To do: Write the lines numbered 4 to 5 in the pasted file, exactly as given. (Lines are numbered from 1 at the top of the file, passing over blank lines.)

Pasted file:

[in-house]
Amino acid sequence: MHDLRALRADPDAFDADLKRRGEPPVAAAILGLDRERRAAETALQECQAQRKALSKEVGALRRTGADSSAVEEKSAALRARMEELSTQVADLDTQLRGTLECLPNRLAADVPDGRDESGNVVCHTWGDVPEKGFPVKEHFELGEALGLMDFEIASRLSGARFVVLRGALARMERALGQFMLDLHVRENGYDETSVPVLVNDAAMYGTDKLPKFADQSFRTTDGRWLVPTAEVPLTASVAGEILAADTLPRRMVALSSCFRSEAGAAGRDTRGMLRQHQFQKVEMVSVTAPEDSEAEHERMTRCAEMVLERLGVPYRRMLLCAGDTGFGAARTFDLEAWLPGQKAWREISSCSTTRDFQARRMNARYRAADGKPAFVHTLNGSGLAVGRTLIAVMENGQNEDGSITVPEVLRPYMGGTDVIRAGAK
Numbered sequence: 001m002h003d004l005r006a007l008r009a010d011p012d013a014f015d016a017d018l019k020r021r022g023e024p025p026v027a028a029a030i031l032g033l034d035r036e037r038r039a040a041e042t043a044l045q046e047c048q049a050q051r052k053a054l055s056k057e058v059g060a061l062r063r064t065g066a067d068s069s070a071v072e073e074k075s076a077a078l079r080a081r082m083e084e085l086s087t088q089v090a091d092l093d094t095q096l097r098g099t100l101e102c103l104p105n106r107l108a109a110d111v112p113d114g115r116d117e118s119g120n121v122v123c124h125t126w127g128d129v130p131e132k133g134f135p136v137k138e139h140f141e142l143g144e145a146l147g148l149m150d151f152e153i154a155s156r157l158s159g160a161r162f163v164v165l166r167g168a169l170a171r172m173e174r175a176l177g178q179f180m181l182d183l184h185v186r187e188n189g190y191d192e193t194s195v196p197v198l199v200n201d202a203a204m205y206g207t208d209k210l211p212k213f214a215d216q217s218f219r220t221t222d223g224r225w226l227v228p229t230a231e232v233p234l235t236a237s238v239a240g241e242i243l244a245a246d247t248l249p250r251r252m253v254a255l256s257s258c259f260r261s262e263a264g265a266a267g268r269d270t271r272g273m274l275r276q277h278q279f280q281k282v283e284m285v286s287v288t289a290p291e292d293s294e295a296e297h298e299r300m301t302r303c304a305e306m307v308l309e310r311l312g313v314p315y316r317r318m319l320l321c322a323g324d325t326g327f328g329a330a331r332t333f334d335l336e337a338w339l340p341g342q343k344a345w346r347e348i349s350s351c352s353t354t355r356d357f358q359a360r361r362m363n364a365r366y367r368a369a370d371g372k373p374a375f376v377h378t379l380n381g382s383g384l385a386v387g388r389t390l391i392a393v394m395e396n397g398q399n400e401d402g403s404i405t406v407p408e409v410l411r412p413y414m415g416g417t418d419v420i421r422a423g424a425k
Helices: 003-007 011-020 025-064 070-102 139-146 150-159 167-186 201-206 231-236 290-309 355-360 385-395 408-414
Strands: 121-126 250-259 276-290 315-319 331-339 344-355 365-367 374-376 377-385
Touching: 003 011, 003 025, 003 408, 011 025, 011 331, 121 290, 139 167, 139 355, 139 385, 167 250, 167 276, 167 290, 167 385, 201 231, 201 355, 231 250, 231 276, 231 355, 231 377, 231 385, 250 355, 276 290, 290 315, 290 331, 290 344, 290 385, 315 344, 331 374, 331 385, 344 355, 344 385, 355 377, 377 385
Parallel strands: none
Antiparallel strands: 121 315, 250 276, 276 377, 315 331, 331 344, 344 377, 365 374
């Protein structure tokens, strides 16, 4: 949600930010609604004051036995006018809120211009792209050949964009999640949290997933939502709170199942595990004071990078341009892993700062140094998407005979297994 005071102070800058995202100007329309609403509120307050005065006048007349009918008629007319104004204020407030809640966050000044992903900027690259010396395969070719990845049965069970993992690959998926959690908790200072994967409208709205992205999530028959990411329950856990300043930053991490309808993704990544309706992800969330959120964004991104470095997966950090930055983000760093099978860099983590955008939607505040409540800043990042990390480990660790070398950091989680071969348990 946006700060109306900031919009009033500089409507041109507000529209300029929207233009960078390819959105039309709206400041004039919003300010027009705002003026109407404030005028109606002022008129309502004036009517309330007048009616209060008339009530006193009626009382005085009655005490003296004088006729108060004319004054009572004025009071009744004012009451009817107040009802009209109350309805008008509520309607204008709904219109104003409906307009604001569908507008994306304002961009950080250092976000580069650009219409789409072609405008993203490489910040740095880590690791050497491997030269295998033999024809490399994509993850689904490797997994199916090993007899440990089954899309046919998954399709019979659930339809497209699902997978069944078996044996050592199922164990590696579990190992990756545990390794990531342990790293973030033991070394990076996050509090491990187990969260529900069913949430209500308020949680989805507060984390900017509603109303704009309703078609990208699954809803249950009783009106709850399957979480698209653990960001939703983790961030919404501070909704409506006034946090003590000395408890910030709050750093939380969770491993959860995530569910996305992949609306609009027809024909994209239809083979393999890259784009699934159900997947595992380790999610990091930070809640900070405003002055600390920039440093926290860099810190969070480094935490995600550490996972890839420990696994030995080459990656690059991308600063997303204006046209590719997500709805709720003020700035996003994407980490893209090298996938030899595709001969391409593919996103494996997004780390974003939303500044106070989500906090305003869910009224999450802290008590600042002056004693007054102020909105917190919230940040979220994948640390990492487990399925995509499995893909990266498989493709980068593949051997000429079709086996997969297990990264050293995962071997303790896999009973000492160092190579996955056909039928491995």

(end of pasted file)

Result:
Helices: 003-007 011-020 025-064 070-102 139-146 150-159 167-186 201-206 231-236 290-309 355-360 385-395 408-414
Strands: 121-126 250-259 276-290 315-319 331-339 344-355 365-367 374-376 377-385